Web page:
• Much love to the irie island that brought us Bob Marley, ska and some of the most hypnotic, relaxing, unifying music in the form of reggae. Jamaica has always been a hotbed of good vibes for the ears, and our class of five acts you need to know carries on the country’s cultural heritage of peace.

     

     

    Eesah

    Ackime “Eesah” Nephew ought to be a Jamaican ambassador. His 420-friendly, mellow and mellifluous music exemplifies Kingston and his island at large. Reggae meets R&B in key tracks “Tell No Lie” and “Big Dream,” emphasizing his kindly vocals and hypnotic flow. He’s earning the attention of international tastemakers such as Noisey and is being touted by the likes of Classix. Eesah embraces his roots and molds them for modern ears. (Thank you to Skope for the suggestion!)

     

    Adahzeh

    Did you cut you teeth on Gwen Stefani’s version of ska but are seeking something more authentic? Give the ladies of Adahzeh a listen. The all-girl squad promotes “Good Vibes,” positive nationalism and dedicated musicianship. They remind us of ’90s soul groups with guitars and drums, and in addition to their sunny songs, they rock the denim throwback look like no other. For your “inner rebel,” as their bio suggests.

     

    LSTR

    “We dominate the whole game,” the rapper pronounced as “Lester” boasts in the Caribbean-cool “Velvet.” The 20-year-old’s rhymes are relaxed but cocksure, capturing a youthful invincibility. The tracks off 2017’s EP Burgundy sneak up on you like a riptide. LSTR isn’t showy, but his songs’ classical elements and samples speak volumes to his potential.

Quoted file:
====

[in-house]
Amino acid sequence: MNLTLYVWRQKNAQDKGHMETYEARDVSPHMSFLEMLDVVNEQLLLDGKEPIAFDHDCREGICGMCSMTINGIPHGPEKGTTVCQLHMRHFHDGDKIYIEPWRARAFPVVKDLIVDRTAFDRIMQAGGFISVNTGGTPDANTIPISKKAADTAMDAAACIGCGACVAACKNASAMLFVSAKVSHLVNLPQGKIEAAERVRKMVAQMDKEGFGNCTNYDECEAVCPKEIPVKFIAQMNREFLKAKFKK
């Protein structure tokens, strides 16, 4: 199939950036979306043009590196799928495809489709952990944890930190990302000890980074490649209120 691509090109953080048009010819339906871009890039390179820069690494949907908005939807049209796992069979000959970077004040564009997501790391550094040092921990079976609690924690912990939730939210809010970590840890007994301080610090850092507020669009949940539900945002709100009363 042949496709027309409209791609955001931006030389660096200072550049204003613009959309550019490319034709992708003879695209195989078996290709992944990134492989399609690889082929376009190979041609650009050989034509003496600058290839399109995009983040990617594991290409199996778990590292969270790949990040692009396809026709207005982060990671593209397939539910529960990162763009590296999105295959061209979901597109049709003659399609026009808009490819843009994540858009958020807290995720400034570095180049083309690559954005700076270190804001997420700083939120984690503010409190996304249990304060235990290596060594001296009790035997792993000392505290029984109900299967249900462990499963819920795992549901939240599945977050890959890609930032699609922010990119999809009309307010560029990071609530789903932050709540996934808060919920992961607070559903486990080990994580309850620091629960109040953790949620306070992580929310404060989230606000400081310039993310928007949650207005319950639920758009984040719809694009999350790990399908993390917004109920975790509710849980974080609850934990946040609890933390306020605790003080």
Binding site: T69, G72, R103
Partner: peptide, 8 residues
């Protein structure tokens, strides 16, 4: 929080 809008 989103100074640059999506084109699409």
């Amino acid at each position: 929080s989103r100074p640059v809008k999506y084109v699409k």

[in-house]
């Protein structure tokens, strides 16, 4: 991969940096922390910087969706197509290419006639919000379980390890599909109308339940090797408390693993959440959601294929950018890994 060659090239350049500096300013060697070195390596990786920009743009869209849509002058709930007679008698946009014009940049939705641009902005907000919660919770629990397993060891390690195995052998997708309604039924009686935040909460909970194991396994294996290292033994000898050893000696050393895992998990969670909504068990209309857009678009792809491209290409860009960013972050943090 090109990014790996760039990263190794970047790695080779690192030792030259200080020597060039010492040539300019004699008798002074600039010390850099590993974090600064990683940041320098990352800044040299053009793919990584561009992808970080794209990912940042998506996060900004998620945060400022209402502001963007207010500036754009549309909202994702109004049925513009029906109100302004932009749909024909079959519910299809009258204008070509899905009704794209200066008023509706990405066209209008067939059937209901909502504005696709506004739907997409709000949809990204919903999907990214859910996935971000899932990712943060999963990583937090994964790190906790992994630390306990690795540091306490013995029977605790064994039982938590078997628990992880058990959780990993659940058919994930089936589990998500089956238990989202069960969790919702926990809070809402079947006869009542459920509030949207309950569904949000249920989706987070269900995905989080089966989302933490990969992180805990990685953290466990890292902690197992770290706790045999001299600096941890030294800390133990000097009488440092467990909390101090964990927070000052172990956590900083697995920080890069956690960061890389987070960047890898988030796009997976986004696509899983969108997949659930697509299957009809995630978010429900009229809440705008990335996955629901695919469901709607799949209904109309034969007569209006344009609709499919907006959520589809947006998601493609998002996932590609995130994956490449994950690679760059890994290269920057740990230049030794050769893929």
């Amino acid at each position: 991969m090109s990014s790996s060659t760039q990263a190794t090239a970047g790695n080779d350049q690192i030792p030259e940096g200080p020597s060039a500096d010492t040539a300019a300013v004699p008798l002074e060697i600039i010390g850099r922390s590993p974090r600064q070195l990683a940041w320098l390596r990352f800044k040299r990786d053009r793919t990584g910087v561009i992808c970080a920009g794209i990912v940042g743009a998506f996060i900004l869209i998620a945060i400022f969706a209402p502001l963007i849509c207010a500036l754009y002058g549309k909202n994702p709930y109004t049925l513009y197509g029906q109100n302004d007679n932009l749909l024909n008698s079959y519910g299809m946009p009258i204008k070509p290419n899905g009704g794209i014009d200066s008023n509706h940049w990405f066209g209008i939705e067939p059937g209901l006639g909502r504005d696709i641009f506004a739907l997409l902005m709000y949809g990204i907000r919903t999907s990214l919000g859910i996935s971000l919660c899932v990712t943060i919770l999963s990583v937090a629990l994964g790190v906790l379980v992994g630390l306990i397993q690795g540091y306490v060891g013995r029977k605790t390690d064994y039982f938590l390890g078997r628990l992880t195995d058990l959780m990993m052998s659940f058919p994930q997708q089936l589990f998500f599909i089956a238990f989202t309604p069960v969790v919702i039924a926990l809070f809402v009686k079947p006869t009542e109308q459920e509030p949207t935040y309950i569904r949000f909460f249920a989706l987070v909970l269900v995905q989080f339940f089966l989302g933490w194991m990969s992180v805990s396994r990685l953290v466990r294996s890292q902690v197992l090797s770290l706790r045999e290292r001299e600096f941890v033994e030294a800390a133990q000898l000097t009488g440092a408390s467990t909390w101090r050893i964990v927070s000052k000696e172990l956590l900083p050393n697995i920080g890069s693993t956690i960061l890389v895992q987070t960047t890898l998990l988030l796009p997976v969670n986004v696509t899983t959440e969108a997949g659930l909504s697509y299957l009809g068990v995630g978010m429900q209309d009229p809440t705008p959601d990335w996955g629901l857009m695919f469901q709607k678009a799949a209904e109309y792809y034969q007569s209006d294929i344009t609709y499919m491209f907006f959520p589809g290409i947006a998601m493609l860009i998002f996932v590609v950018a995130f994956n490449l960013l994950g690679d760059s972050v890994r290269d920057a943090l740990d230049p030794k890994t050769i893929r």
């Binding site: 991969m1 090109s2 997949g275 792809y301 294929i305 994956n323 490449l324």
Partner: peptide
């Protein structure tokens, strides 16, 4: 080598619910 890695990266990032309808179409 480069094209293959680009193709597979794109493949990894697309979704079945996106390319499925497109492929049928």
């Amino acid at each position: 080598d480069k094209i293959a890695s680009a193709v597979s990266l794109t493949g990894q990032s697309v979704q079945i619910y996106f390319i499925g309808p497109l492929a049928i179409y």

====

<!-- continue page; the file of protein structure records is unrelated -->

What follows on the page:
DyDy

    Yes, Dyrana Mcintosh is a social media celebrity, but we shouldn’t be quick to throw her in the Kim Kardashian mix. This outspoken Jamaican (and current New Jerseyan) brings her sass to the pop charts with “2 Can,” as in “Two can play that game.” Many of her YouTube videos are musings on toxic masculinity, so that’s why we celebrate her tunes despite the celebutant status. Expect more goodness from her once the confrontational “Like That” single hits the streets.

     

    Koffee

    “Never be ungrateful / Life is such a teacher,” sings Mikayla “Koffee” Simpson in her breakout single, “Burning.” At 17 years old, she’s got more wisdom in her lyrics and personality than most people do at three times her age. A music fan from day one, she reveals in interviews that she is utilizing her age to bring reggae’s history to a new generation. Her reverence for her heroes is strong: She acknowledges her family in “Burning” and even penned a tribute to Jamaican sprinter Usain Bolt.

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